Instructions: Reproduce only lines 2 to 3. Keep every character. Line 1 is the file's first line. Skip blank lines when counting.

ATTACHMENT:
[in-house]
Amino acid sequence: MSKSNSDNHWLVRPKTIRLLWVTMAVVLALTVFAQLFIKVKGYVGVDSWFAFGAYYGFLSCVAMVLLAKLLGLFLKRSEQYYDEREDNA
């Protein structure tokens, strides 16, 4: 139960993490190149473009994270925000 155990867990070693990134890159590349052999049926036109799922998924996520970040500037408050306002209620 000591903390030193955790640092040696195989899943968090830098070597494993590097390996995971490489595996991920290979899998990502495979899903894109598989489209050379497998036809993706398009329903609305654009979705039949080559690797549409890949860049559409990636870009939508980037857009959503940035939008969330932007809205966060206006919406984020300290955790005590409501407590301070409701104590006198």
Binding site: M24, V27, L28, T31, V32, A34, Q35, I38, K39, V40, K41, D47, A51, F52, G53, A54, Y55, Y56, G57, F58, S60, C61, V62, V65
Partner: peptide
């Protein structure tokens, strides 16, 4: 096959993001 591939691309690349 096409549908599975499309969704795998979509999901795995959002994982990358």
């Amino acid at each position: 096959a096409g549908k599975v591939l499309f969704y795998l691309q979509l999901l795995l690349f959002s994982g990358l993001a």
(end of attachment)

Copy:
Amino acid sequence: MSKSNSDNHWLVRPKTIRLLWVTMAVVLALTVFAQLFIKVKGYVGVDSWFAFGAYYGFLSCVAMVLLAKLLGLFLKRSEQYYDEREDNA
């Protein structure tokens, strides 16, 4: 139960993490190149473009994270925000 155990867990070693990134890159590349052999049926036109799922998924996520970040500037408050306002209620 000591903390030193955790640092040696195989899943968090830098070597494993590097390996995971490489595996991920290979899998990502495979899903894109598989489209050379497998036809993706398009329903609305654009979705039949080559690797549409890949860049559409990636870009939508980037857009959503940035939008969330932007809205966060206006919406984020300290955790005590409501407590301070409701104590006198």